I’ll never forget the first time I tasted Soave. It was 1984. I was in the lounge of Windows on the World, the restaurant at the top of the World Trade Center’s north tower.
My date had ordered a bottle of Soave, a white Italian wine I’d never heard of. After a sip or two, I was smitten. What was this wine? I’d never tasted anything like it.
My enthusiasm, however, did not impress my date. “What’s the big deal?” he asked. “It’s just your average bottle of Soave.”
Something else, however, was going on: I suspect that was the moment that marked my passage from the flatly sweet wines of my early drinking days (Blue Nun and the like) and into the realm of dry wines. Previously, all dry wines simply tasted sour to me. I didn’t know wine could be so crisp, refreshing and elegant.
Throughout the ’80s, Soave was nearly everywhere; then, suddenly, it all but disappeared. The wine cognoscenti declared it “boring,” questioned its mass-market appeal (and, let’s face it, its mass-market production), and the rest of us moved on.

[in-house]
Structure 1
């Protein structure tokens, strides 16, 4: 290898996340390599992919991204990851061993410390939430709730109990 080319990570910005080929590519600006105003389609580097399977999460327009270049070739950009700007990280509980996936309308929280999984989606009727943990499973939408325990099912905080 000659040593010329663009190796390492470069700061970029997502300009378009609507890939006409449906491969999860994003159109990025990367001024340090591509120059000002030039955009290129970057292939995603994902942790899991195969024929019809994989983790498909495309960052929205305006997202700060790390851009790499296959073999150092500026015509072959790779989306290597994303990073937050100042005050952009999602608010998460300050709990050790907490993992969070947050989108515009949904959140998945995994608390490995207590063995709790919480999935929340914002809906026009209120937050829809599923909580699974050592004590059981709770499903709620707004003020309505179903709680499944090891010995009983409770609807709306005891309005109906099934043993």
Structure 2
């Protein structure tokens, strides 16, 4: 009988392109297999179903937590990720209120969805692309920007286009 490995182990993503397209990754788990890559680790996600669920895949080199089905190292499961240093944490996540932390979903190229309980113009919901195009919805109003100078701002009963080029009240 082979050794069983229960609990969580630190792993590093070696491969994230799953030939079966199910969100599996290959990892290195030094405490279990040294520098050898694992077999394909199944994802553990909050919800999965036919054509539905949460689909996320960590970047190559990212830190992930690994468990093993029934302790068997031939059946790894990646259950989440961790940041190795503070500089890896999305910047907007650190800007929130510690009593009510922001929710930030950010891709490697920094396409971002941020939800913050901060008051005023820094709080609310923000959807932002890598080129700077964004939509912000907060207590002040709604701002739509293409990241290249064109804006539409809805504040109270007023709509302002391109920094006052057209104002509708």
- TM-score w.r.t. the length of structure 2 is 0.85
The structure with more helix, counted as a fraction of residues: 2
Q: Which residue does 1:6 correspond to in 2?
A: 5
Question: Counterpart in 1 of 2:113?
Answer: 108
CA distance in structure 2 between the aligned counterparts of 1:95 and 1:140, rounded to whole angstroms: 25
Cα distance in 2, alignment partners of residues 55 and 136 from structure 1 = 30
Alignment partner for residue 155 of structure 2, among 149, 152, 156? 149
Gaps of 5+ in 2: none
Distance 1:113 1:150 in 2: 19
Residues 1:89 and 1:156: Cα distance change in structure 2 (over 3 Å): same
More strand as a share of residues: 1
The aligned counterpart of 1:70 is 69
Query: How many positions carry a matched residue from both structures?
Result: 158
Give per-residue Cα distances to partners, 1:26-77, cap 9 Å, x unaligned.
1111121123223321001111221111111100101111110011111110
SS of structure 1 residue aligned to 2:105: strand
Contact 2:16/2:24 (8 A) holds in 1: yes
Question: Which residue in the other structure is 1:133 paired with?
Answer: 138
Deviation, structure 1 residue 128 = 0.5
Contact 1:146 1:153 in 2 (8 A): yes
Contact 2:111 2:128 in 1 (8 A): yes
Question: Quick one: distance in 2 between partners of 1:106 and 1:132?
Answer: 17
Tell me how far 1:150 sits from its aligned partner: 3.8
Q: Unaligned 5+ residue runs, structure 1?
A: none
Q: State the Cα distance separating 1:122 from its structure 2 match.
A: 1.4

Recently, however, I tasted Pieropan 2014 Soave ($20), and I remembered why Soave had once captivated me so. There it was — that crisp elegance and more: I loved the way it tasted dry at first sip, then fruity on the mid-palate, then once again refreshingly dry on the finish, with a pleasing minerality throughout. Conveniently, its light body also makes it a great wine for spring and summer.
As I’ve often said, my kind of wines aren’t everyone’s kind of wines. But if, in the past, I’ve led you to a good bottle, you might want to take a look at this one too. Cheers!
Other examples of my kind of wine:
P.S.: This post is part of an occasional series called, “My Kind of Wine,” in which I detail a great wine that I’ve found. What makes this different than all the other wine recommendations out there? Hopefully, you’ll get to know my tastes, and you’ll know whether my tastes jibe with yours. Rather than reviewing for everyone, I’m reviewing for those of use who like a certain style of food-friendly, Old World wines. Also read my disclosures about wine samples and such, if this interests you.Share